- Ideas for turning obsessive subjects into strengths to facilitate learning
- How to recognize the signs of escalating behavior and defuse symptoms of anxiety
- Provide strategies that infuse structure, predictability and routine in the therapy room or classroom
- Video modeling, Power Cards, Social Stories, Keychain Rules, Social Autopsies, Breathe Cards, Emotion Cards and numerous other visual strategies
- Establishing predictable routines to strengthen independent learning
- How to identify possible misinterpretations of behaviors
Why you should attend:
Working with adolescents with autism spectrum disorders who exhibit behaviors that interfere with social, academic, and self-regulation skills can be challenging. Adolescents with ASD sometimes appear willful, obnoxious, unfeeling and may over-react to a situation (sometimes with a meltdown). As an educator, therapist, clinician or parent, you may feel helpless, overwhelmed, confused and, sometimes, "ready to throw in the towel " because of this teen.
Without knowledge of the Critical Components recommended by the National Autism Research Council, those involved with these students or clients may be ill-equipped to handle the everyday challenges. Furthermore, they may be at a loss on how to provide instructional consequences (not punitive consequences ) to address the behavior.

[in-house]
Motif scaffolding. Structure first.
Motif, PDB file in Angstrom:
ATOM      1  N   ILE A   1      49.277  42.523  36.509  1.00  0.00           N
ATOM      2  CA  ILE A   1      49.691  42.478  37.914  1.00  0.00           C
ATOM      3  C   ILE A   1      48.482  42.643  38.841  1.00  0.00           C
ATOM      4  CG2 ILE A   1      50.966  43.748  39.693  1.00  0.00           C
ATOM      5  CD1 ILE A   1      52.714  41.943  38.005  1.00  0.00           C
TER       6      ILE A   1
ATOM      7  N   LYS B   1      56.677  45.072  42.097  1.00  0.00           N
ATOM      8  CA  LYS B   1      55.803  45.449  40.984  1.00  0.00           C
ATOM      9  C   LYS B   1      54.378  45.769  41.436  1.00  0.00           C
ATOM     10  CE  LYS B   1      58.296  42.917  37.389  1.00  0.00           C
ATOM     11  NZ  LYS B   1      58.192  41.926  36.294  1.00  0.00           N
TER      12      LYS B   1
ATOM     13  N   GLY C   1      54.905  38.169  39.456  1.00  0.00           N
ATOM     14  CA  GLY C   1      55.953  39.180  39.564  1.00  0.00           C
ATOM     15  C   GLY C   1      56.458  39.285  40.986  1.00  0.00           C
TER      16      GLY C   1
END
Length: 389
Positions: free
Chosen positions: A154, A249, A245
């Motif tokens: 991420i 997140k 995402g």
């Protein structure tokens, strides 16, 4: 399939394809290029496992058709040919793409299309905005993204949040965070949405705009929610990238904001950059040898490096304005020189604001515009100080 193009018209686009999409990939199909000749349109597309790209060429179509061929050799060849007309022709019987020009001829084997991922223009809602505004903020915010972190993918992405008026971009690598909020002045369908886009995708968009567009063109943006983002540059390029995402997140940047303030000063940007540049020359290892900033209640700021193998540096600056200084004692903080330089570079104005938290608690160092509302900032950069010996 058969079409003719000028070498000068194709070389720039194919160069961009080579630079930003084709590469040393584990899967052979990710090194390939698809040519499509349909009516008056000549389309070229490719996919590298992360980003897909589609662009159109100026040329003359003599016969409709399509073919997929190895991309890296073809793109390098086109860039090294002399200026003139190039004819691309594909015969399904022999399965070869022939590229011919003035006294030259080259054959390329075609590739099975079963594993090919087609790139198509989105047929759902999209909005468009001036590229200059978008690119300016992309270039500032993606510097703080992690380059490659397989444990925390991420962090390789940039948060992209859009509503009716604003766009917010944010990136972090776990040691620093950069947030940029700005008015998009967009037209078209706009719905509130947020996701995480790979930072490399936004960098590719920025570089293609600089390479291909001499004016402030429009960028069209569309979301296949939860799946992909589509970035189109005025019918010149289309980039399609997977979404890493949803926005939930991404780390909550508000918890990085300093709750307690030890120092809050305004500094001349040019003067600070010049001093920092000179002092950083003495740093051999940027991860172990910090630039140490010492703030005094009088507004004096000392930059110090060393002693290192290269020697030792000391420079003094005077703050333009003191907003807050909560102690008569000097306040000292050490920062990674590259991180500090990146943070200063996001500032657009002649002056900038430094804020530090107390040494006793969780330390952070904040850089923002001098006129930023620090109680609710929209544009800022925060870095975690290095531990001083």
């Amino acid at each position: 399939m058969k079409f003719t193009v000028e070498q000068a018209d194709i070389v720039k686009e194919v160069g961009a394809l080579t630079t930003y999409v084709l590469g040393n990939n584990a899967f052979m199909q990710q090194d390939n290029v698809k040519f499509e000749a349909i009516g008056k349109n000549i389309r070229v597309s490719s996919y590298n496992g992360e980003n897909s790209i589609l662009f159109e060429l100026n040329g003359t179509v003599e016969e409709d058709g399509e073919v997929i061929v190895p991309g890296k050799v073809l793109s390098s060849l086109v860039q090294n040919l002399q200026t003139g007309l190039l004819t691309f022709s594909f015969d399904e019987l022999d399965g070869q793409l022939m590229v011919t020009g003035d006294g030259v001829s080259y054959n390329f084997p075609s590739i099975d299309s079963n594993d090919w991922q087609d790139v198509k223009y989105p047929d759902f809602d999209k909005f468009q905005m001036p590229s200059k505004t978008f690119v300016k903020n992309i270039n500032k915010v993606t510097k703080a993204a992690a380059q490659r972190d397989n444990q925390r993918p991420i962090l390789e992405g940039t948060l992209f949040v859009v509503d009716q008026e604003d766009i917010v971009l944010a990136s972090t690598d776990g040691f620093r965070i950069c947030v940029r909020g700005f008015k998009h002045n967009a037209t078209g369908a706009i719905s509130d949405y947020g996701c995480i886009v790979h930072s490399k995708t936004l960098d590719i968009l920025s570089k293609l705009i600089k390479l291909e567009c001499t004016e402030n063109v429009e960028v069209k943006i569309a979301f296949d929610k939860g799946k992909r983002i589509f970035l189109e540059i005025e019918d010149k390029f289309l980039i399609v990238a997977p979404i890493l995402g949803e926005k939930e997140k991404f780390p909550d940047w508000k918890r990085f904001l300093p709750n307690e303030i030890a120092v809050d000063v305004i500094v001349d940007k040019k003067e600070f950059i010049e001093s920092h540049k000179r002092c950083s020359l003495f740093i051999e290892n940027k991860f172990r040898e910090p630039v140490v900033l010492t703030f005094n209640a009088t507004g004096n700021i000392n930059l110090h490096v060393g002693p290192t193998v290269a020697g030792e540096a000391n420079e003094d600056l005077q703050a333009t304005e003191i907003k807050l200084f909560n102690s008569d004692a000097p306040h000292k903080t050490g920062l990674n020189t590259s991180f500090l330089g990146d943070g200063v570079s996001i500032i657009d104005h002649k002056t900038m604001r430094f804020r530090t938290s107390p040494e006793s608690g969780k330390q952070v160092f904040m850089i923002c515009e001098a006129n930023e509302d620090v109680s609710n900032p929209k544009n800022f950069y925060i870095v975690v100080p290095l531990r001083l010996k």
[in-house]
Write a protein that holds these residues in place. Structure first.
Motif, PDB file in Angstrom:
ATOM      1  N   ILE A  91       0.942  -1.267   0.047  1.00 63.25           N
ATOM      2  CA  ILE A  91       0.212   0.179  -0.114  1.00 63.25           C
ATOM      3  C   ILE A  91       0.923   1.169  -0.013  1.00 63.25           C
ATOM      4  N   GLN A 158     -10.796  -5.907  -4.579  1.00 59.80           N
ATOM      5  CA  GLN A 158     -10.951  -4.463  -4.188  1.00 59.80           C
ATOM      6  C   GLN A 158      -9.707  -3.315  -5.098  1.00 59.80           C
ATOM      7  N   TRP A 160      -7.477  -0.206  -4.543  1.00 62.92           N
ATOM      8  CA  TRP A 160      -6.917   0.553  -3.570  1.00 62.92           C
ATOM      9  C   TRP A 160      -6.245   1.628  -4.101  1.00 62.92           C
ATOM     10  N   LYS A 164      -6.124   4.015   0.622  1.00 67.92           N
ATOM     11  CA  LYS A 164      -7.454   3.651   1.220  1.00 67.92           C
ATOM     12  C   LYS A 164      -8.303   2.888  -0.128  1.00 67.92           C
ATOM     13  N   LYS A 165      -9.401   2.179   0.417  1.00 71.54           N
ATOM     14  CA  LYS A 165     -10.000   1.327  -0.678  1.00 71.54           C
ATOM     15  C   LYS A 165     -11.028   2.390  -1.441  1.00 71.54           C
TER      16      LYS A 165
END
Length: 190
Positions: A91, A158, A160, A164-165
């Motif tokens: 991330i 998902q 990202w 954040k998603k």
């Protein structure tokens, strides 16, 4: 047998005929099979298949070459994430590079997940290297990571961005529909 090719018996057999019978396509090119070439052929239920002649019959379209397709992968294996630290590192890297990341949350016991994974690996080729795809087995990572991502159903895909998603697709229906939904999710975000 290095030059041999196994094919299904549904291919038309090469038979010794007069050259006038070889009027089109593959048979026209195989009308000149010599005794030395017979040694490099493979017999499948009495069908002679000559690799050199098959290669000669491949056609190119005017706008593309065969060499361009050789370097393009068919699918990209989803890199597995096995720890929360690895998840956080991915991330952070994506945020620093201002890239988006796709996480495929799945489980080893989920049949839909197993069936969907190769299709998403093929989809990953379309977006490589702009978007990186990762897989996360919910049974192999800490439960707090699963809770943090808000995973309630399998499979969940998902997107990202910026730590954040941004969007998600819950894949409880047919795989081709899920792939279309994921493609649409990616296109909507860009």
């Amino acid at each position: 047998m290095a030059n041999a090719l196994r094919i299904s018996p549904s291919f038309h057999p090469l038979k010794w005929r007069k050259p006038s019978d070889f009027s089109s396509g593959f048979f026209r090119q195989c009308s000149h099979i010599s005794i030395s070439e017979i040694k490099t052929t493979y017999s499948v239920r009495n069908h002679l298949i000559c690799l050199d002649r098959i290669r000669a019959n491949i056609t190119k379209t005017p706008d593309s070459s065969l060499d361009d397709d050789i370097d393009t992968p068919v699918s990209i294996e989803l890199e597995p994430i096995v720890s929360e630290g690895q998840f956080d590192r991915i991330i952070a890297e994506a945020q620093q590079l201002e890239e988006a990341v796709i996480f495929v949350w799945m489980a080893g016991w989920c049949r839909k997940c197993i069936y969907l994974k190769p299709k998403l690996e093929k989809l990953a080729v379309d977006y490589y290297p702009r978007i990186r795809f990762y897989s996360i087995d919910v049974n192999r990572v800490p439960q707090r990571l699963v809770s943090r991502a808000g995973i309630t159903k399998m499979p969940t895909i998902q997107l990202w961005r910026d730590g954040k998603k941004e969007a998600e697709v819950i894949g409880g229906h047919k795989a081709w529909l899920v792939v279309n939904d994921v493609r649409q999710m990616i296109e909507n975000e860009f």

This research-based seminar will help you teach or treat teens on the autism spectrum who may have trouble getting along with others, recognizing inappropriate behaviors, how to appropriately interact with peers and adults, have a hard time starting and finishing work, asking for help, difficulty with transitions, display anxiety that interferes with their ability to focus, and addressing social skills which start with communication skills.
It will be assumed that the participants already know the characteristics of ASD. This seminar will focus on adolescents and some unique manifestations in the teenage years and addressing supports.
- Why an agenda/schedule is important for persons on the spectrum as well as all students (Harry Wong)
- How to use a Surprise Card or Change of Schedule Card in a classroom setting
- Differentiate between a meltdown and a tantrum
- Identify chronic over-arousal in behaviors observed in students with an ASD or another developmental disorder
- How to help prevent another meltdown by providing a system of visual supports throughout the day
- Accurately identify examples of overstimulation when presented with videotaped examples of student behaviors